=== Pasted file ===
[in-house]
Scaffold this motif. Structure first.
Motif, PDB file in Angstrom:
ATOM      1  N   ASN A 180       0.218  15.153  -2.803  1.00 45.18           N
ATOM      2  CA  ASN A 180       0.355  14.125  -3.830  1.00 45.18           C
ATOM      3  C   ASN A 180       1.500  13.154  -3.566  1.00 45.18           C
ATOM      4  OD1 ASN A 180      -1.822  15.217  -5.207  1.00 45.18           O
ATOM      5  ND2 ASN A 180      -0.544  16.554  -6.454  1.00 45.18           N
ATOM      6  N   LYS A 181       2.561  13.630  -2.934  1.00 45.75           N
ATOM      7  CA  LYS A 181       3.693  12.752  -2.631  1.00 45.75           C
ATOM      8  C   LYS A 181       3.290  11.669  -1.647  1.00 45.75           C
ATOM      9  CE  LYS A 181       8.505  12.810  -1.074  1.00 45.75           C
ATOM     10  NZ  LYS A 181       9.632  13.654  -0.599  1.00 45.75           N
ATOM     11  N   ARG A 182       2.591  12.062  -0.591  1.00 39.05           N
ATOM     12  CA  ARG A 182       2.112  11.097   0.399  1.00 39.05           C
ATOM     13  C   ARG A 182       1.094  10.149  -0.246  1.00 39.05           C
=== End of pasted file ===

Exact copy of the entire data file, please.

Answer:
[in-house]
Scaffold this motif. Structure first.
Motif, PDB file in Angstrom:
ATOM      1  N   ASN A 180       0.218  15.153  -2.803  1.00 45.18           N
ATOM      2  CA  ASN A 180       0.355  14.125  -3.830  1.00 45.18           C
ATOM      3  C   ASN A 180       1.500  13.154  -3.566  1.00 45.18           C
ATOM      4  OD1 ASN A 180      -1.822  15.217  -5.207  1.00 45.18           O
ATOM      5  ND2 ASN A 180      -0.544  16.554  -6.454  1.00 45.18           N
ATOM      6  N   LYS A 181       2.561  13.630  -2.934  1.00 45.75           N
ATOM      7  CA  LYS A 181       3.693  12.752  -2.631  1.00 45.75           C
ATOM      8  C   LYS A 181       3.290  11.669  -1.647  1.00 45.75           C
ATOM      9  CE  LYS A 181       8.505  12.810  -1.074  1.00 45.75           C
ATOM     10  NZ  LYS A 181       9.632  13.654  -0.599  1.00 45.75           N
ATOM     11  N   ARG A 182       2.591  12.062  -0.591  1.00 39.05           N
ATOM     12  CA  ARG A 182       2.112  11.097   0.399  1.00 39.05           C
ATOM     13  C   ARG A 182       1.094  10.149  -0.246  1.00 39.05           C